Soon, Hancock County students will be receiving their first report cards, as October 28 marks the end of the first nine weeks of school. Long part of American education, a report card reflects the academic progress a student has made in a given subject area for a given length of time. Report cards also may share other information, such as a student’s behavior, attendance, class rank, and other data related to their time spent at school. They serve not only as a method of reporting student academic accountability but as a way to show opportunities for growth.
While anyone who has been in school may be familiar with receiving a report card, some may be less familiar with the report cards issued to schools and school districts. Beginning as early as 1965, federal law has required some sort of accountability in public education. For most states, this meant developing a reporting system for districts and schools.
What must be reported has changed over the years, with the Every Student Succeeds Act of 2015 further expanding what schools and districts must report to the public. Today, Kentucky issues a report card for every public school and school district in the Commonwealth. According to the Kentucky Department of Education website, “School and District Report Cards provide information about each school and district, including test performance, teacher qualifications, student safety, awards, parent involvement and much more.”
Kentucky’s School Report Card website is free and available to the public, providing access to a wealth of information on each school and district in the state. One feature of the website allows users to compare schools to each other. These comparisons are useful in determining in which areas a school is performing well and in which areas a school needs improvement.
Hancock County High School staff are committed to providing world-class, high quality education opportunities to each and every student. According to principal Ginger Estes, the most recent school report card issued by KDE highlights some of the gains made in academics, as compared to other schools in the region. “Hancock County High School is making huge strides towards our goal of being number one in the region and state,” Estes explained. “We are proud of the gains that the State Report Card shows, but being able to develop goals for growth is where the value in the State Report Card really shines.”
For example, based on the data available on the State Report Card website, Hancock County High School ranked fourth out of twelve regional districts in reading and first in math on last year’s state accountability test. On the ACT, HCHS scored at or above the median in the three content areas of Reading, Math, and Science. While these scores show improvement from recent years, Estes acknowledged the importance of recognizing and celebrating growth but to keep focused on continual improvement in all areas.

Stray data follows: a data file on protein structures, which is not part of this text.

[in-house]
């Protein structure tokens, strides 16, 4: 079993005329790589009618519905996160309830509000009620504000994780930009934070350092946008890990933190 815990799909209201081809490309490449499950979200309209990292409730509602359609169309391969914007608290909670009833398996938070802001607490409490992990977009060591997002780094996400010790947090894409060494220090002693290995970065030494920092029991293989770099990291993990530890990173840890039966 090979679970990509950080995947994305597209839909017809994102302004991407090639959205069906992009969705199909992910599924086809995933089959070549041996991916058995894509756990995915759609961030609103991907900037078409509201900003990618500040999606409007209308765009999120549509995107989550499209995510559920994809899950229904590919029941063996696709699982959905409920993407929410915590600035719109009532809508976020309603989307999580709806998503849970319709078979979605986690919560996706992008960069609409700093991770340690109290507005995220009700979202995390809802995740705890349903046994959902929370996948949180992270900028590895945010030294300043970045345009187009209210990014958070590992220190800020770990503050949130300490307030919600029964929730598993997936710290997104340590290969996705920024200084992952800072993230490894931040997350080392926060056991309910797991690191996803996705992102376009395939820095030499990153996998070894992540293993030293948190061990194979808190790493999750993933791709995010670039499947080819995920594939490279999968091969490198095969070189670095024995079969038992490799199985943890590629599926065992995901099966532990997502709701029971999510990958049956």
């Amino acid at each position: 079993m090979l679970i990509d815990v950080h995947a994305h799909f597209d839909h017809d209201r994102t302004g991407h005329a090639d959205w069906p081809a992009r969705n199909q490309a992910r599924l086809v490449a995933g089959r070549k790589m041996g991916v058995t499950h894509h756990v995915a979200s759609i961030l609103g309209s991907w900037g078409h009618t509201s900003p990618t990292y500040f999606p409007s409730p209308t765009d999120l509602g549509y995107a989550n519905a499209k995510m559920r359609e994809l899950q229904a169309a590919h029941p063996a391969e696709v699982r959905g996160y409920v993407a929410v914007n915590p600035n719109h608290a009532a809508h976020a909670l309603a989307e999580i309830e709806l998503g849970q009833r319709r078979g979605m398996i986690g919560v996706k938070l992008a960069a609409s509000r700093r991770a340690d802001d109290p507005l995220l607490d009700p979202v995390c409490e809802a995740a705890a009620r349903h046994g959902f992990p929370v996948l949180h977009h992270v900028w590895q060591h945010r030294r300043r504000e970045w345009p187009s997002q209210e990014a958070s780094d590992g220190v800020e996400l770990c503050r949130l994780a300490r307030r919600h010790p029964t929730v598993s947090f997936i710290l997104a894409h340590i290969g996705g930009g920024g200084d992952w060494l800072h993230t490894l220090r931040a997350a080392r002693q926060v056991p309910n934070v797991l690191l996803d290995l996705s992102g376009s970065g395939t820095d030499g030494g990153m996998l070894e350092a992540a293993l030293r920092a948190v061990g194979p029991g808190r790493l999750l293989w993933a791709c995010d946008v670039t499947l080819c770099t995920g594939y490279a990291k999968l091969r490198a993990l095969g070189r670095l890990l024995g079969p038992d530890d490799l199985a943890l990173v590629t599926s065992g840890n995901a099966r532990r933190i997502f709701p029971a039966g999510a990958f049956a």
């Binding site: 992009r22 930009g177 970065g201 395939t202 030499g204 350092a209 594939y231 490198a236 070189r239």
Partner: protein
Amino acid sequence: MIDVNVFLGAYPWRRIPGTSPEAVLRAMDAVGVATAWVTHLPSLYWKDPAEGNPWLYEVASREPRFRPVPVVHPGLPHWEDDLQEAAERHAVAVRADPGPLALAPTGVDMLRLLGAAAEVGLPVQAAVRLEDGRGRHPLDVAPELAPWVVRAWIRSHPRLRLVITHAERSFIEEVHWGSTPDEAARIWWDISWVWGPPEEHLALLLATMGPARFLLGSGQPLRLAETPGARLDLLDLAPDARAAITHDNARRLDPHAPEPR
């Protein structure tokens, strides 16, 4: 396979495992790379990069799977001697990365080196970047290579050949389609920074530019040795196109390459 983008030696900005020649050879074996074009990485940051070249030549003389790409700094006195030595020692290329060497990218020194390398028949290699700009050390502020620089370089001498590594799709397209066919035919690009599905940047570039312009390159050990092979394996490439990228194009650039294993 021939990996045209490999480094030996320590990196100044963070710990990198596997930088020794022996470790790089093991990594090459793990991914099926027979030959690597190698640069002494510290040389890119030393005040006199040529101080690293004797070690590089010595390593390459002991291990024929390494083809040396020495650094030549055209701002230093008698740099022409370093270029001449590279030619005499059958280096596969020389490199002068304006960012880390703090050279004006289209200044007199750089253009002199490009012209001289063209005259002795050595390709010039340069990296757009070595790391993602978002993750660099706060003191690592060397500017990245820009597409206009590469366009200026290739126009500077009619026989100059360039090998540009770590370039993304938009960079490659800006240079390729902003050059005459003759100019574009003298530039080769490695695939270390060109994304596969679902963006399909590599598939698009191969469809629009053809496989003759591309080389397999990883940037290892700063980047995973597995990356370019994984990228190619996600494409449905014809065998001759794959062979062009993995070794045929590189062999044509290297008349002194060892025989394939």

“Last year’s scores must be examined through a ‘COVID lens’ so we have to be careful with any kind of true comparison,” Estes said. Nevertheless, she said it was a great place to start. “We are looking forward to continuing the incline toward being number one in all areas,” Estes added.
HCHS math teachers agreed that while being recognized for growth this year was nice, most credit had to go to students and that the only way to continue doing well was through continued hard work. However, they wanted to make sure that students were praised and recognized for their relentlessness in overcoming challenges brought on by the pandemic. One of the challenges of the pandemic was how to continue meeting the needs of students while conducting virtual and hybrid learning.
Susan Ewing, a math teacher at HCHS, praised how dedicated students were at attending online sessions. “In a large class of 32 Geometry students, consistently 25 would be present with Google Meets and engaged in their learning,” Ewing explained. Of those students who couldn’t attend the scheduled meetings, many arranged for other ways to get help from their teachers. “Both students and teachers made themselves readily available during non-traditional hours during the day,” math teacher Michele Nevitt said.
Additionally, special education teachers Sara Brown and Cindy Garvin explained that individual tutoring sessions, daily phone calls, and a massive amount of extra communication to parents helped keep students on track.
Brad Goodall, who also taught math last year, added that students worked with new programs, such as an online calculator, that helped familiarize themselves with the state assessment version of the math tool. The teachers also explained that the playlist model (for which Hancock County was recently recognized by the state) helped align and adapt the curriculum for the unusual teaching circumstances of last year. Ewing, Goodall, and Nevitt also expressed how specific intervention time in the spring helped bridge the learning gap from the fall, when learning was virtual.
While HCHS is proud of last year’s academic accomplishments, there is little question that this is only the beginning. Teachers, staff, and students are continuing to work hard and hope to see even more progress being made when next year’s report card is ready.
By Josh Scherrer